Church-buys-bar is a man-bites-dog phenomenon. But South Side Baptist Church of Covington, Kentucky, has no plans to apply for a liquor license at the old Salty Dog Saloon.
Church leaders say they are in the conversion business and plan to transform the cocktail lounge into the El Ji Moore Activity Center and a meeting site for Alcoholics Anonymous.
The unusual acquisition occurred last April after the saloon's owner changed his mind and agreed to sell the building. The owner's offer came five days before the congregation of South Side Baptist would have voted on shifting a $100,000 donation earmarked for the saloon purchase to an elevator project. "It's been a thorn in my flesh," says pastor Harold Pike, who saw a previous purchase attempt fail when a different owner increased the price. "I told people thousands of times, 'We're going to get it one day.' " Sitting in the shadows of Cincinnati's gleaming new $453 million football stadium, Covington's South Side Baptist is like many inner-city congregations. A steady suburban exodus left behind fading Sunday attendance and accompanying financial shortages.
But Pike, a native Kentuckian, points out that week-day outreach by South Side Baptist illustrates how his church interacts with more people today than in its heyday four decades ago.
Christian education, job training, recreation, and family events will soon fill the center's calendar, says Amy Cummins, the center's director. But that goal is uncertain. Although South Side Baptist had enough money to buy the bar, it has yet to fully fund the center's operating budget. Tight finances have left South Side struggling just to cover the director's salary.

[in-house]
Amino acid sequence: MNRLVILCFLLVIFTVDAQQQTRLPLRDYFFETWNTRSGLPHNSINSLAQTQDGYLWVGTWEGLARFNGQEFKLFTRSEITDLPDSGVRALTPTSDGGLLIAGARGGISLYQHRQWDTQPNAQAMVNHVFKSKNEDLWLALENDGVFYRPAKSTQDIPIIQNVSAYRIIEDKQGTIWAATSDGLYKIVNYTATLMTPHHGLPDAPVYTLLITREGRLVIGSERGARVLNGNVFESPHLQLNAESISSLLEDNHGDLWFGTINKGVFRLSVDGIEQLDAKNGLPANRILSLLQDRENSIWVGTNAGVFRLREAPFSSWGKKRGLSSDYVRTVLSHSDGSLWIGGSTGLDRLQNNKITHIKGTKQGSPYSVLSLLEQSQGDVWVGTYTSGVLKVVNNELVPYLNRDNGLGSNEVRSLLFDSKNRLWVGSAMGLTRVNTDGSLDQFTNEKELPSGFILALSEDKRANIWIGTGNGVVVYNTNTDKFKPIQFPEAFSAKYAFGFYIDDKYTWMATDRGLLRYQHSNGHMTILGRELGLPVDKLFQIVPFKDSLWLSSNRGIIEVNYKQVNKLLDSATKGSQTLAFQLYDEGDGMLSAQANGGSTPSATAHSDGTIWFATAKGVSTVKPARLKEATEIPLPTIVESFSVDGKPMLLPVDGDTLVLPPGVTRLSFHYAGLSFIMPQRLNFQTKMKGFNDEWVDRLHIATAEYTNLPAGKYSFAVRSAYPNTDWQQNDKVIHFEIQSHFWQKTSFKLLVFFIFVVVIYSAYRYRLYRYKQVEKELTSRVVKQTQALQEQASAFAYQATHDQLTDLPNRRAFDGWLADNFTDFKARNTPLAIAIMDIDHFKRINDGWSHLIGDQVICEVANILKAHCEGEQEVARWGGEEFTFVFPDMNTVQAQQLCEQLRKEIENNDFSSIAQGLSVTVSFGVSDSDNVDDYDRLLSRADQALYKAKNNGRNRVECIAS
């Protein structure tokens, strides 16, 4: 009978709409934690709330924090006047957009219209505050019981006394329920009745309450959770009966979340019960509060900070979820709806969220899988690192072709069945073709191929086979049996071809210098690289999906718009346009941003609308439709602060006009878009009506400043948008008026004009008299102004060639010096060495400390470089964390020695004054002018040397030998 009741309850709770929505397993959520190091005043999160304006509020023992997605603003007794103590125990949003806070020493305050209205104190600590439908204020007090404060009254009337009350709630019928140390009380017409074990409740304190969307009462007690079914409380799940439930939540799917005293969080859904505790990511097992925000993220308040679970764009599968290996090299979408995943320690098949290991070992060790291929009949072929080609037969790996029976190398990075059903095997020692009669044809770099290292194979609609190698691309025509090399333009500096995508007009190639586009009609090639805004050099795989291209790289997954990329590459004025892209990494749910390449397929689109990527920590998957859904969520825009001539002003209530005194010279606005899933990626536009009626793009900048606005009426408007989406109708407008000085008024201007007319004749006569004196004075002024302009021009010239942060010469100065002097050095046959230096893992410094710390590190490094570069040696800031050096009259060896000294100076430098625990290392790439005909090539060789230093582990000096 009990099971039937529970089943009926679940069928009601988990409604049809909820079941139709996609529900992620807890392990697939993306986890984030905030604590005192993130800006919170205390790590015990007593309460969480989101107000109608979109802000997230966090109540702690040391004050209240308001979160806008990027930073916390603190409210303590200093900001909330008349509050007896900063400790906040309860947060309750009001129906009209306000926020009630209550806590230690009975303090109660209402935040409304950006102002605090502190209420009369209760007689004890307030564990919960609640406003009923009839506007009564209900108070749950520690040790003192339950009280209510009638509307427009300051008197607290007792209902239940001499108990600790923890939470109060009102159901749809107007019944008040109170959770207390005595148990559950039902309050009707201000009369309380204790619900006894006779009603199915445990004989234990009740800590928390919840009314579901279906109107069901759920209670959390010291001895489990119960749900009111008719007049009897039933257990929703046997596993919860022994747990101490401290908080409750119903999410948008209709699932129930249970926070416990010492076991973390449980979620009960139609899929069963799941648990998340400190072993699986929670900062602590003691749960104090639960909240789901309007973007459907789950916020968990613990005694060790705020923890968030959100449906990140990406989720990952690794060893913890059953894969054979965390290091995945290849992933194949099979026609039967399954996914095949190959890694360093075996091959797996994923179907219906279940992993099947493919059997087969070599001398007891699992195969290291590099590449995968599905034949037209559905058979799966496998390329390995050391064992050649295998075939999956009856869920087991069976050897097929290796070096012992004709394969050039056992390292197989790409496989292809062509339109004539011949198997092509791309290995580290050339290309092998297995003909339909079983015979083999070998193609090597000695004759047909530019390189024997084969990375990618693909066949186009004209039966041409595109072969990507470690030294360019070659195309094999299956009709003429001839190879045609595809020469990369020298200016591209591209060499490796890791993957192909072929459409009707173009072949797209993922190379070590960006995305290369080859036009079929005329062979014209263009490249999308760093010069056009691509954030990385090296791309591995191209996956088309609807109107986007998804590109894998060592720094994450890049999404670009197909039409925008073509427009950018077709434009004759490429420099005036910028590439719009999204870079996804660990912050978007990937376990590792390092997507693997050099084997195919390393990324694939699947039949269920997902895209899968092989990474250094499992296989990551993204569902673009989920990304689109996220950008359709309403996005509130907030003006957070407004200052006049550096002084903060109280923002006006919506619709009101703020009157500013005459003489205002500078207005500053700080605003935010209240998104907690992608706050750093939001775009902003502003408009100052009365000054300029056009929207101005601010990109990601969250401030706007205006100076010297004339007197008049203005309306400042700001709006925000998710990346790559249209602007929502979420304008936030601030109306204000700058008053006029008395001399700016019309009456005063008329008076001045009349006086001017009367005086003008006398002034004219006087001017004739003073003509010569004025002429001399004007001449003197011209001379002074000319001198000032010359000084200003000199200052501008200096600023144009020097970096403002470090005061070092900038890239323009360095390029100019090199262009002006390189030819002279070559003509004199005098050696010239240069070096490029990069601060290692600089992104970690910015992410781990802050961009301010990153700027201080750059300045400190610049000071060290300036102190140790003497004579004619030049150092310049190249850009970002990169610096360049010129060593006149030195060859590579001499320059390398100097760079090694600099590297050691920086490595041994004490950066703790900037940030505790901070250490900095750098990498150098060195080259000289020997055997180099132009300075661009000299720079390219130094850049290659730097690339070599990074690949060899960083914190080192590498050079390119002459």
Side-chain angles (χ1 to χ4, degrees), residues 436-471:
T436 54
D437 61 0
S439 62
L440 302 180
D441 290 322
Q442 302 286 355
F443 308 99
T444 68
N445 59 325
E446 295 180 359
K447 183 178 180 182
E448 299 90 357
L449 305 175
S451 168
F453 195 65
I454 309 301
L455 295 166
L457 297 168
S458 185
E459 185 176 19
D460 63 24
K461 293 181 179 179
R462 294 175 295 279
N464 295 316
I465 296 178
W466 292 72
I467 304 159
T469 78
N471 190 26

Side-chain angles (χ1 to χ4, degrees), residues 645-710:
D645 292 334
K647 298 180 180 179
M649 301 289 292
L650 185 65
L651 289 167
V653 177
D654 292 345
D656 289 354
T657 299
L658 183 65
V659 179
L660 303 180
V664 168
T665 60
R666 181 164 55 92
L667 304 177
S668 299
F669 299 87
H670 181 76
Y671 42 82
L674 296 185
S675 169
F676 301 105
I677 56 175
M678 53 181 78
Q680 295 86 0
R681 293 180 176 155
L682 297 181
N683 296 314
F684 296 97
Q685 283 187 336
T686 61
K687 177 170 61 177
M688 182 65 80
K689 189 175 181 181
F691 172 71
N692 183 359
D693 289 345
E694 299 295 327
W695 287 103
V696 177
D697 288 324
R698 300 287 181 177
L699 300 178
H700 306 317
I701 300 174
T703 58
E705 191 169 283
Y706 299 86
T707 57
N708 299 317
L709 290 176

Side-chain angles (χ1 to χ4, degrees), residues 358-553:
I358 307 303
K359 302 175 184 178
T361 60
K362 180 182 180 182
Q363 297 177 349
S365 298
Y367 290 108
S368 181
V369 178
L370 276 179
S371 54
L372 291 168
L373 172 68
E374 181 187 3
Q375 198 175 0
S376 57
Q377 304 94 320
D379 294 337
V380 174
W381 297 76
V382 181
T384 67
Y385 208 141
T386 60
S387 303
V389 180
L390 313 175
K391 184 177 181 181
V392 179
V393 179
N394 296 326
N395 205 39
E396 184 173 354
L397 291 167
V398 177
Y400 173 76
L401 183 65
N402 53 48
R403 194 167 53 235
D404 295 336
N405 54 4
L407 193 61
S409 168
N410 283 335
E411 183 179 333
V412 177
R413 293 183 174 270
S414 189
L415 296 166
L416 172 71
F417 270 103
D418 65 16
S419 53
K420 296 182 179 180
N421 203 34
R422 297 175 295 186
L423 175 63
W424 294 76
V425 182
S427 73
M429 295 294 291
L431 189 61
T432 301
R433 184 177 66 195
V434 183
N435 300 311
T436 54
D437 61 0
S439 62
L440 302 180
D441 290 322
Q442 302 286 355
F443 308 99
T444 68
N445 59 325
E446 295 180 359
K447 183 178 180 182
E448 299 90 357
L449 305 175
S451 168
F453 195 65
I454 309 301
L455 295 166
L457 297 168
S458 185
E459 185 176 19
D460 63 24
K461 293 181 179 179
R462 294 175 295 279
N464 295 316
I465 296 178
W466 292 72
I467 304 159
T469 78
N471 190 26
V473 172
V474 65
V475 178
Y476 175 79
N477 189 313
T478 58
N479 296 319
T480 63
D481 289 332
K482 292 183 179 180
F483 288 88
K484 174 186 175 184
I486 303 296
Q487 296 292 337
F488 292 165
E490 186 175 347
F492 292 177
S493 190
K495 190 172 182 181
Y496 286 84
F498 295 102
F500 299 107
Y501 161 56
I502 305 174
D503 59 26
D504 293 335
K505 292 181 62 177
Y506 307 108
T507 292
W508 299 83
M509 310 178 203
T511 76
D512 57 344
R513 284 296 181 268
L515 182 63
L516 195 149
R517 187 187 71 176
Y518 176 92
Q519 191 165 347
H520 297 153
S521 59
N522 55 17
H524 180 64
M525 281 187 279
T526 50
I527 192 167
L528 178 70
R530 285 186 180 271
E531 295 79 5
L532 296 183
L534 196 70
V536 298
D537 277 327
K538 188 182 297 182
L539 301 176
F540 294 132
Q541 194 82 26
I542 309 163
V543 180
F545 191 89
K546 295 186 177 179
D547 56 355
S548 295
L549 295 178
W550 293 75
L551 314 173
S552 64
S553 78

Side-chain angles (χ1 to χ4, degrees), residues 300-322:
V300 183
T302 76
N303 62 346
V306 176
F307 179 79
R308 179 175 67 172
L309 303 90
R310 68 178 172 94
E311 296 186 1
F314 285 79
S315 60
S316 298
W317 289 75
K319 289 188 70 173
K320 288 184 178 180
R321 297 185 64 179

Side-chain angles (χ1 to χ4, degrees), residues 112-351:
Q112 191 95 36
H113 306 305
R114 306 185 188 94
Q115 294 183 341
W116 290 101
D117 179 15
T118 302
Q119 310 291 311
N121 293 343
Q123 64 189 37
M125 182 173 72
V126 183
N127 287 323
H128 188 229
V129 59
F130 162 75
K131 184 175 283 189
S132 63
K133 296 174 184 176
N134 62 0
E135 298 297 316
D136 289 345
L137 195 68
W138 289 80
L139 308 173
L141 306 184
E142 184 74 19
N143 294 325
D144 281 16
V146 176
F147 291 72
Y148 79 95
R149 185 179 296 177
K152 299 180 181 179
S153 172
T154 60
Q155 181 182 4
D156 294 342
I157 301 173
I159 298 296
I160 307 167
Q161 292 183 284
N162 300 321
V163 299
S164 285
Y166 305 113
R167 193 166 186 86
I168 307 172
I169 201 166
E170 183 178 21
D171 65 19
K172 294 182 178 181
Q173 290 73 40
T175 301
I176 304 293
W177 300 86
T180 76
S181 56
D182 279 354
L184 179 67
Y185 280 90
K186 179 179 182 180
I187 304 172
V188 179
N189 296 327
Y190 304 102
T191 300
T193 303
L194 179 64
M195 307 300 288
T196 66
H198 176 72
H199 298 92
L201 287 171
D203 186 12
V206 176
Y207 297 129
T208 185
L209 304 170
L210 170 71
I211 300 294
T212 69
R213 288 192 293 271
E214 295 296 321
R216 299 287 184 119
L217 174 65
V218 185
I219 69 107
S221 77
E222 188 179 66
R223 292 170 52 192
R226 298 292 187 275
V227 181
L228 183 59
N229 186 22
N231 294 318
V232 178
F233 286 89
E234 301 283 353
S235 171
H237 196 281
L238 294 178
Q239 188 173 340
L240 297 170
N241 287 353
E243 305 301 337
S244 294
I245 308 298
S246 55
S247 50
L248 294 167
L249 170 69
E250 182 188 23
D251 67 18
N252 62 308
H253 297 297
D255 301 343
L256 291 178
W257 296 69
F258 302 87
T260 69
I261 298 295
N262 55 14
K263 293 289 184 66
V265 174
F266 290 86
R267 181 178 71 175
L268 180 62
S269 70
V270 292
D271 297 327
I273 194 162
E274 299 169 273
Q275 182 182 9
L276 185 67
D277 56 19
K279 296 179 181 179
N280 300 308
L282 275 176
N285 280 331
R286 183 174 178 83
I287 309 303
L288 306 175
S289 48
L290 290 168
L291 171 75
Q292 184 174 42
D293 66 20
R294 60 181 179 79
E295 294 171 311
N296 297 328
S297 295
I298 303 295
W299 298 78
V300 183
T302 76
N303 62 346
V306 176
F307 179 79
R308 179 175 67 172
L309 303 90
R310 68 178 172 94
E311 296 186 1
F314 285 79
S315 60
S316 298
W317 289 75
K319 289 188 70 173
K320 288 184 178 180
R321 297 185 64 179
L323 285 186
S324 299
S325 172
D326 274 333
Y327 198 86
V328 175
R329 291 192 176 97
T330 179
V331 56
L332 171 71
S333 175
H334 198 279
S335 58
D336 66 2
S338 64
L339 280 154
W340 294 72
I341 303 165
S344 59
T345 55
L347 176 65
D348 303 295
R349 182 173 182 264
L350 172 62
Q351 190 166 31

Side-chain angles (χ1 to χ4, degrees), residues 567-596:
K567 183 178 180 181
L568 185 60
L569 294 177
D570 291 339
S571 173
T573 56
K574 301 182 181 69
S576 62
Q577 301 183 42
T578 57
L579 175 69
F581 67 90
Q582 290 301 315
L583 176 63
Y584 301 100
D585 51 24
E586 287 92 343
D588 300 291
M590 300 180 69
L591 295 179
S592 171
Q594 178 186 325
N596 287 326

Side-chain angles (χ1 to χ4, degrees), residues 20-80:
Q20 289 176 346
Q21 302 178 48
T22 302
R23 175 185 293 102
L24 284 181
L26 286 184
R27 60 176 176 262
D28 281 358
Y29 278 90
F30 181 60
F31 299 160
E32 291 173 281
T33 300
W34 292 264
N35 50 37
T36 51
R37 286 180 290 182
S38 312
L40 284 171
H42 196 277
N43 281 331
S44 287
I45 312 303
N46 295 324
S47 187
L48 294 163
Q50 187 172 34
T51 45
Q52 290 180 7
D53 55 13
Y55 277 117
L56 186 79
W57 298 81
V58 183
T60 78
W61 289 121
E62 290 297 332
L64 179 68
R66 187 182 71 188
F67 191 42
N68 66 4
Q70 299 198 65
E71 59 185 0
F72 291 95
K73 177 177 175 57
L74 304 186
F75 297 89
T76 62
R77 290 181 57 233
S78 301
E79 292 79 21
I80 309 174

Church leaders, however, are focusing on keeping the cost of both ministry and remodeling within their limits. Church members gave free haircuts to students at the beginning of the school year. Volunteers scrubbed away decades of cigarette smoke and installed a drop ceiling. Pike and four church leaders learned how to install a new finish on the saloon's brick exterior, which they will do in the spring.
Not everyone, especially the former saloon's patrons, is happy about the community center. Maintenance director Dennis Northcutt still greets an occasional barfly who stops in at 8 a.m. in search of the next beer. Northcutt says he is a recovering alcoholic who eventually renewed his own Christian commitment after becoming sober.
Many credit their pastor's perseverance for the new center. "He held true," says Donna Cox, South Side Baptist's financial secretary since 1972. "We might have been one of those inner-city churches that closed."
Pike, who at 65 rides a motorcycle to work and stays fit by playing basketball, deflects special recognition. "I promised the Lord through the years, if he got it for us, we would use it for his glory," he says.
Last October Christianity Today ran a similar story about a church that was meeting in The Pink Palace Gaming Hall, an old casino. Read "Church Takes Aim at Deadwood."
Other resources for churches wanting to host drug and alcohol recovery programs include:
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